I just want to say to Merrie that there will be times when she does fall in love with the junk food. We all do. Sometimes, there’s no homemade or healthy replacement for a box of neon-orange Kraft mac and cheese or a fluorescent bag of gummy worms. This is completely okay. Life has room for “sometimes.” It probably makes more sense to you now that donuts are only a “sometimes” food.
    I have to tell you, Merrie, I finished high school and moved out of my parents’ house a few years ago. Now if I want to, I can go and buy Dunkin’ Donuts and Taco Bell whenever I want. The first thing I did after leaving my parents’ house was to eat a large order of fries and a dish of mint chocolate ice cream for breakfast just because I could and finally, finally, finally, no one was there to tell me that I shouldn’t. It tasted pretty good. But I almost never do that now, and none of my friends do it either, even though our moms can’t stop us anymore.
    We choose to eat well most of the time because we want to, because usually it tastes better, it builds better minds and bodies, and it’s often better for the planet.
    For some people there’s also the cool factor. If I started eating at Burger King or Dunkin’ Donuts every day and people found out, it would actually be pretty embarrassing. People think it’s gross and it’s bad for the environment. But this isn’t the same everywhere, and the crowd isn’t always right. The best plan is usually to hear other people’s opinions but also to think carefully for yourself and try to learn about what’s best for you and your family. You’re already doing a better job of that than some adults do. Good work, and keep it up.

  22. Christopher says:

    Interesting story.
    When my father returned to my life (around my 10th year of life after a 7 year seperation from my mother), early on in his take two on parenting, he took me to White Castle. Now, my father stated from the git go, that he didn’t like White Castle and told me exactly why. We went there, I had two or three hamburgers, had a stomach ache, haven’t been there since. Was their some wisdom in my father and I’s adventure into junk food. Maybe.

  23. Beth says:

    Thank you so much for this story!!  Even as a parent who is surrounded with high quality organic vegetables (my husband is a CSA farmer for a local non-profit), my two young kids are fascinated by the “other” foods that we try to monitor, and that grandparents and others love to share with them because they think they are deprived.  (Are home-made french butter cookies a deprivation compared to chips ahoy??)  I appreciate the thoughtfulness with which you approached the situation and that you shared your experience with all of us.  I only hope that I can be as gracious in the face of a junk food meltdown.  Thank you!!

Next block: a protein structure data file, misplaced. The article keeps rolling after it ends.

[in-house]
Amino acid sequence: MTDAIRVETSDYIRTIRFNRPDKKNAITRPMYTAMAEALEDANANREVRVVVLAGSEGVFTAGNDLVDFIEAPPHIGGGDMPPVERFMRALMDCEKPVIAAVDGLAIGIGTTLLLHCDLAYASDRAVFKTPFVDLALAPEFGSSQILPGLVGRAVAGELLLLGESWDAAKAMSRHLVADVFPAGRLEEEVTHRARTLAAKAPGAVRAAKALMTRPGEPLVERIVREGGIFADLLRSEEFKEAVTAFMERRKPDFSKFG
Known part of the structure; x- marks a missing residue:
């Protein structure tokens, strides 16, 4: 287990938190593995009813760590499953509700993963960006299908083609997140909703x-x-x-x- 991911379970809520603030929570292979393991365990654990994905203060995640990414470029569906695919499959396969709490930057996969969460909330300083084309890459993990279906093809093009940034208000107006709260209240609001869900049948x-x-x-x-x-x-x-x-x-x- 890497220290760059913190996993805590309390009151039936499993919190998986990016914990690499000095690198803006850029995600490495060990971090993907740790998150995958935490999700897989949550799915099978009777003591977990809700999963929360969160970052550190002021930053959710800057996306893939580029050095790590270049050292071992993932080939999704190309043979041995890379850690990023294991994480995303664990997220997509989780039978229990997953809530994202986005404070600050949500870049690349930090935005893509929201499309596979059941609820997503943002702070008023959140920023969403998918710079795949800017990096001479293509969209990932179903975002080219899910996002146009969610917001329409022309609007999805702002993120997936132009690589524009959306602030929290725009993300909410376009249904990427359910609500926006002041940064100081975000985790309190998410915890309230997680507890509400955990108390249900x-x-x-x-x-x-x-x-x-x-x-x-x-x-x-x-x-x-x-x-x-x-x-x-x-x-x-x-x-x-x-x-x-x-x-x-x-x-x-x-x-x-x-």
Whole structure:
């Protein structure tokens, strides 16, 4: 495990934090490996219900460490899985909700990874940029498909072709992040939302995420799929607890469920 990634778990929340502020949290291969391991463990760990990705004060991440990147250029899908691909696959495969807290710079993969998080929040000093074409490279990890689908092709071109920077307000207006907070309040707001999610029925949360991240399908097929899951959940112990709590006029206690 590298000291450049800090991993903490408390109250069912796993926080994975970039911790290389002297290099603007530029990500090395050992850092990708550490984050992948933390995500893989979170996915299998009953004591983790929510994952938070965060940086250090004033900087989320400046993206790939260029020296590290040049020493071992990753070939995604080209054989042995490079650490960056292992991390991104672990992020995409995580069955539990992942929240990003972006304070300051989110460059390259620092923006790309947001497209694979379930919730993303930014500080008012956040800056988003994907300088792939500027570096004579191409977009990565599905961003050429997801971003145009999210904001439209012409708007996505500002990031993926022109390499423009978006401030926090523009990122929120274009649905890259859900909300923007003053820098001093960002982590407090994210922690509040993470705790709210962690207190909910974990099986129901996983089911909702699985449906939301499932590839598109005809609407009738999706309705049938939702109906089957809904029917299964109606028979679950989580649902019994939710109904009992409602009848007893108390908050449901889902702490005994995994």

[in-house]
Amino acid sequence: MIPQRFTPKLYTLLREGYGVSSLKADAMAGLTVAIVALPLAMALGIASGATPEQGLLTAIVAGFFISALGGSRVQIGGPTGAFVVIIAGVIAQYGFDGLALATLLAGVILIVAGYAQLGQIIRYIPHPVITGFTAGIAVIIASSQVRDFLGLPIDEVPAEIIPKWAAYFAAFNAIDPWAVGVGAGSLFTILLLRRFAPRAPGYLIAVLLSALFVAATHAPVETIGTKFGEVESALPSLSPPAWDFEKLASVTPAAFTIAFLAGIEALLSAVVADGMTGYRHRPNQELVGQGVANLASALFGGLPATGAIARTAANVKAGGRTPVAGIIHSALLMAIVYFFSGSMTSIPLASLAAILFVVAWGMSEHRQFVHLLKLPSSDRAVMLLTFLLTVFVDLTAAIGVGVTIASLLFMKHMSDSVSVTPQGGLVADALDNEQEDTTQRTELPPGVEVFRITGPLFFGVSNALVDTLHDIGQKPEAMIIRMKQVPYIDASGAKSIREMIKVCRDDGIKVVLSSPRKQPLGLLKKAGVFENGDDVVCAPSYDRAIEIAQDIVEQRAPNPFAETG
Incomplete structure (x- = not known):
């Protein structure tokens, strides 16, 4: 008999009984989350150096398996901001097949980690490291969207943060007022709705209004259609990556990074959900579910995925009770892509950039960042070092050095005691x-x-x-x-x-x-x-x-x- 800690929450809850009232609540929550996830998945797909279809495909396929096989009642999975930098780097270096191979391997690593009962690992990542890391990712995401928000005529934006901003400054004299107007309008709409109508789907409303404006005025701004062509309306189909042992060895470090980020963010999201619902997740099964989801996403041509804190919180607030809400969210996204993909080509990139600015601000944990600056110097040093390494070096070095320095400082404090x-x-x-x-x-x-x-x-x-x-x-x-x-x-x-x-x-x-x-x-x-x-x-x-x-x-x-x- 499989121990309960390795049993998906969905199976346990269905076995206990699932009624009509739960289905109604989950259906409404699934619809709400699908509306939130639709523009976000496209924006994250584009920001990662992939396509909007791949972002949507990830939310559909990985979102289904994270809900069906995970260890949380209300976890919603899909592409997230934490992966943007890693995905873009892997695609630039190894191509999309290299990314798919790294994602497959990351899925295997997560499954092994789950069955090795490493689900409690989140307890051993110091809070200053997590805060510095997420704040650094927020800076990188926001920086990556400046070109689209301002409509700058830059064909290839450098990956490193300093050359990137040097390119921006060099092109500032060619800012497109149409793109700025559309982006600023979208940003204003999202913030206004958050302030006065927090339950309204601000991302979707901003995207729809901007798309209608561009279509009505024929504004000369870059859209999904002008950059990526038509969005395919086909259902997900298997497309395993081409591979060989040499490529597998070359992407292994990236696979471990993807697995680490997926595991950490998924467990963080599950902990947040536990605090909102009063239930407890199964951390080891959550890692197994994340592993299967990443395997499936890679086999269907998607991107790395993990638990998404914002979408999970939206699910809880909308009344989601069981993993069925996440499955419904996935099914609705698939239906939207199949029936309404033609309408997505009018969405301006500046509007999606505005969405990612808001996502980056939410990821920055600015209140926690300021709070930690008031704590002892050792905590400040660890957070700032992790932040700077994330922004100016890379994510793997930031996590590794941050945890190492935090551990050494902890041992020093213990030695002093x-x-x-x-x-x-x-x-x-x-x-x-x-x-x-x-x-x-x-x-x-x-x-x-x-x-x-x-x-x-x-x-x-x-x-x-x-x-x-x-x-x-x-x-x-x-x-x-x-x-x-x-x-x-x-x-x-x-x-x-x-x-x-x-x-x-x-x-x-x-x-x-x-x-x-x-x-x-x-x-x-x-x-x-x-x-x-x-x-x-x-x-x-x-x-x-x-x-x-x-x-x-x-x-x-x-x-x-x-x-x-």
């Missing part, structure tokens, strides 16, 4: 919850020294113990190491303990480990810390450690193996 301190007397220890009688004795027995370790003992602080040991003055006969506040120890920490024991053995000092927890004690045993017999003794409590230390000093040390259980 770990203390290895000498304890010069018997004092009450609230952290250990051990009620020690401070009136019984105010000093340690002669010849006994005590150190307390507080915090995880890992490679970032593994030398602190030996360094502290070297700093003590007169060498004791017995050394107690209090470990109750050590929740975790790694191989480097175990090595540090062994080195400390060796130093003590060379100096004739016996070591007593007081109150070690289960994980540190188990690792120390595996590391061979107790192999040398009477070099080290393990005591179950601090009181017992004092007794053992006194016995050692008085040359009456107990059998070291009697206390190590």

24. Jasi says:

    I think it’s -really- fantastic how you only post the responses that gush how marvelous a human being you are and not any alternate views.  You really should seek therapy for that.

  25. Ali says:

    Jasi – perhaps you missed the comment that suggests that my daughter is on a slippery slope to becoming a drug-addled prostitute because I’m not properly teaching her to say no? To my knowledge, no one has censored any comments; I sure haven’t – they’re posted by the time I see them. (if you were looking for your “don’t whine” comment specifically, you’ll find it the first post in this series). Thanks for the therapy suggestion.

  26. Erica says:

    Great story – I, too, hope that I will handle things so well when I am a parent!

  27. Jasi says:

    Hmm… Excuse me then.  I apologize.
    Drugs are bad. Stay in school.

  28. Ali B. says:

    Ah, no hard feelings, Jasi. We’re good.

  29. Amerloc says:

    Well done, Ali. You’ve obviously nurtured both Merrie’s ability to evaluate and her curiousity – she handled the DD experience the way she did because of the foundation you have laid.